Photo: The NOAA

The Future of Forecasting

Trump's Proposed Cuts to the NOAA

In a Nutshell

Dani Fauzi

April 22nd, 2017


Donald Trump’s first two months in office have been marred by controversy and scandal. His controversial executive order to curb travel from seven Muslim-majority countries and his contentious bureaucratic appointments have drawn the criticism of many Democratic lawmakers and a handful of Republican leaders as well. The possible links of Trump’s resigned national security advisor to Russia have led some to question the constitutional legitimacy of Trump’s presidency, or even suggest that he was complicit in an act of treason.

 

More recently, the Trump administration has expressed intentions to cut the budget of the National Oceanic and Atmospheric Administration (NOAA) by 17%. The effects of a budget cut like this are wide reaching. The NOAA funds a variety of smaller national programs, such as the Office of Weather and Air Quality (OWAQ) and many research laboratories across the country. The Trump administration’s proposals also included an especially large cut to the National Environmental Satellite, Data and Information Service, and the National Centers for Environmental Information, all of which are important sources of data concerning the climate and environment. Another proposed cut would dismantle the Sea Grant program, which consists of researchers across dozens of different college campuses in America. Research under these programs, and especially under the NOAA, will likely stagnate.

 

Many people depend on the NOAA’s satellites and its collections of environmental and climate data. Its services help protect the American public by issuing weather warnings and advisories, from midwest tornadoes to winter storms. Commercial ships and other seafaring vessels are also at risk without detailed NOAA satellite-driven forecasts to help them navigate through the world. America’s vital agricultural sector would be especially affected by the proposed budget cuts; both small-scale independent farmers and large-scale agricultural industry members heavily rely on weather forecasts and monitoring to ensure crop success. Without accurate forecasts, growers of produce cannot schedule labor efficiently, farmers no longer know at what times to apply fertilizers and pesticides, and livestock handlers do not know when they must protect their animals from extreme weather events.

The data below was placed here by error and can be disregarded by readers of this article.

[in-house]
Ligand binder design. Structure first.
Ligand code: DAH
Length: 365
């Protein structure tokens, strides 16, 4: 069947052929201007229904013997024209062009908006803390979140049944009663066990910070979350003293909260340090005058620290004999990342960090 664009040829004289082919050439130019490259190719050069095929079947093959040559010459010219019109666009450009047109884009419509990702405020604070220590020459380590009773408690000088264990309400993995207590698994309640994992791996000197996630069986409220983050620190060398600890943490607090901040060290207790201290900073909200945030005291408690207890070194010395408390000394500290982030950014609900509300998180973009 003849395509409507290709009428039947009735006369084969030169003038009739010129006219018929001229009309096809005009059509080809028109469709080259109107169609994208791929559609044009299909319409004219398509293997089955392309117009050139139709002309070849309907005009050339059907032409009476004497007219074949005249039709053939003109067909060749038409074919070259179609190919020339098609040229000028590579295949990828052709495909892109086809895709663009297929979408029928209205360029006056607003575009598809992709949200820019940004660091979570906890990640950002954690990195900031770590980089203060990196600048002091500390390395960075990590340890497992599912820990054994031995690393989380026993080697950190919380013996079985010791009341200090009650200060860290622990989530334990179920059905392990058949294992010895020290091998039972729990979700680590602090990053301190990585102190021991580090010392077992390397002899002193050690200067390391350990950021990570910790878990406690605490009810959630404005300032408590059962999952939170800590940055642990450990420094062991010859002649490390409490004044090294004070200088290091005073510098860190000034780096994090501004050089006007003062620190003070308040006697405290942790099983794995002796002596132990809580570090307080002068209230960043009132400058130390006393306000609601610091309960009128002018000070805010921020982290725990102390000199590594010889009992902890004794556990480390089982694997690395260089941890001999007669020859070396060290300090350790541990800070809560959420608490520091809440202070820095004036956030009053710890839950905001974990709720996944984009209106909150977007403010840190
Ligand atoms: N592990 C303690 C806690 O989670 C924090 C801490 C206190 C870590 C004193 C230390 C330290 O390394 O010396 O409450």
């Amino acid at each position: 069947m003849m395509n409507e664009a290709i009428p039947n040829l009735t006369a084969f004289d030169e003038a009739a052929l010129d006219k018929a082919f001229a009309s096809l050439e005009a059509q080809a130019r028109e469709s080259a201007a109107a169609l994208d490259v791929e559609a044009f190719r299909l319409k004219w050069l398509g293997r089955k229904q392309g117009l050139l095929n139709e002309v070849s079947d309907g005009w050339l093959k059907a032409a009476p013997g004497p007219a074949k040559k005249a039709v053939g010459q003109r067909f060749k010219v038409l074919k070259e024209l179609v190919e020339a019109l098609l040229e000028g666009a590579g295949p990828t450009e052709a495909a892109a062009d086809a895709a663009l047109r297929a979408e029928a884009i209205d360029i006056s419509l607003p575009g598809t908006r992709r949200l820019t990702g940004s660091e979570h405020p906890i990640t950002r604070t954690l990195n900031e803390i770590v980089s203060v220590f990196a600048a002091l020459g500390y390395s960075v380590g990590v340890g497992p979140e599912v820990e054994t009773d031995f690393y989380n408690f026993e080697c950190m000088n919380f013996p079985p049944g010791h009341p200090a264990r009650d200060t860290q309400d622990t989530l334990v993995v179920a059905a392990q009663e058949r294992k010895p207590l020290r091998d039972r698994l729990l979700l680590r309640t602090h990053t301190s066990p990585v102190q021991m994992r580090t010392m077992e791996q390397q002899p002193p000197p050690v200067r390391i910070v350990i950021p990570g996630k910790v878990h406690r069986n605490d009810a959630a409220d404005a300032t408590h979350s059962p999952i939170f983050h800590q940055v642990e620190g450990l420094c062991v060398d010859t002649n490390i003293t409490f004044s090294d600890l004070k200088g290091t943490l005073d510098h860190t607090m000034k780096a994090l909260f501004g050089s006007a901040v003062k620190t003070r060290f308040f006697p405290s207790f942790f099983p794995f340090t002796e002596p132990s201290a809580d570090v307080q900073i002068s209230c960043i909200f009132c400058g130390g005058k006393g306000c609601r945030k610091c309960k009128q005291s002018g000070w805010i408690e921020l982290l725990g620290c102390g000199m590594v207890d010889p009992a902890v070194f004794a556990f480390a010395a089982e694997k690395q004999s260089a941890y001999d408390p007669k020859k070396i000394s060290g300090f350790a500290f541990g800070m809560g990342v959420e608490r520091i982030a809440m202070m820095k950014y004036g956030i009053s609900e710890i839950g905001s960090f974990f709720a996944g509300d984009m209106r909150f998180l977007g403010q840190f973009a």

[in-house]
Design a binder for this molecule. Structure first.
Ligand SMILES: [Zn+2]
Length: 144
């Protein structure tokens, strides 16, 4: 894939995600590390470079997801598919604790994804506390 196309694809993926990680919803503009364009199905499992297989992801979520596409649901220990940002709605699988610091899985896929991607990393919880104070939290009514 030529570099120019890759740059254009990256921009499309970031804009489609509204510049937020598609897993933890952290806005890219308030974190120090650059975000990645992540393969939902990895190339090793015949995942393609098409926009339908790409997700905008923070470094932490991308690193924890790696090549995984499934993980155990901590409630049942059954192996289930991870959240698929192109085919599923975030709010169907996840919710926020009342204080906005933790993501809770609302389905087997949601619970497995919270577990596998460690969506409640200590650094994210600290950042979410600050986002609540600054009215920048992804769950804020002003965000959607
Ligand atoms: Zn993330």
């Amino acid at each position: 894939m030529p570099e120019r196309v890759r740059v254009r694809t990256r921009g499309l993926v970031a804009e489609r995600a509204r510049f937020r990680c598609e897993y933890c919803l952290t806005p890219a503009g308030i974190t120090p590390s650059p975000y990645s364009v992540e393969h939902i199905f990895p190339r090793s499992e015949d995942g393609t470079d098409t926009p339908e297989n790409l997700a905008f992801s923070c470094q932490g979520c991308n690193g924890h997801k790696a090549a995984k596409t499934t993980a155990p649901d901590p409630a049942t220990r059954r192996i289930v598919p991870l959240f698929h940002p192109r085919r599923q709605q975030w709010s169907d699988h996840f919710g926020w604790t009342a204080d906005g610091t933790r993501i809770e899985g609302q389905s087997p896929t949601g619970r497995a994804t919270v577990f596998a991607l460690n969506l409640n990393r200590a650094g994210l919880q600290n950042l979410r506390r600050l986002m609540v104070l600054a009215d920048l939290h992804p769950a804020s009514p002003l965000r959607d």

This proposed cut comes in tandem with the Trump administration’s controversial decisions and proposals surrounding other elements of national climate science. To head the Environmental Protection Agency, the Trump administration chose Scott Pruitt, a skeptic of climate change who stated that carbon dioxide and human activity are possibly not causes of global warming. Pruitt has also collaborated with the nation’s top energy-producing firms to push against past EPA regulations. In this round of proposed cuts were also plans to cut the staff of the EPA by one fifth and to cut its annual budget from $8.2 billion to $6.1 billion. President Trump himself has been in the spotlight for his skepticism towards climate science, having in the past called climate change a “hoax” and Obama’s Clean Power Plan “a war against coal.” Trump has also expressed interest to back out of the Paris accord.

 

The Trump Administration’s proposed cuts to NOAA, its various research administrations, and other climate-regulatory agencies definitively sets a tone towards climate change and science in general for the coming years of Donald Trump’s presidency. Already, we’ve seen attempts from the White House to cut back on environmental regulation. Perhaps rolling back these regulations and diverting funds from research agencies to national defense is the best action to preserve and protect the rights of individuals, businesses, and the states. Or perhaps the Trump administration’s repudiation of environmental protections and climate research will mean a future of reckless climate endangerment and harm.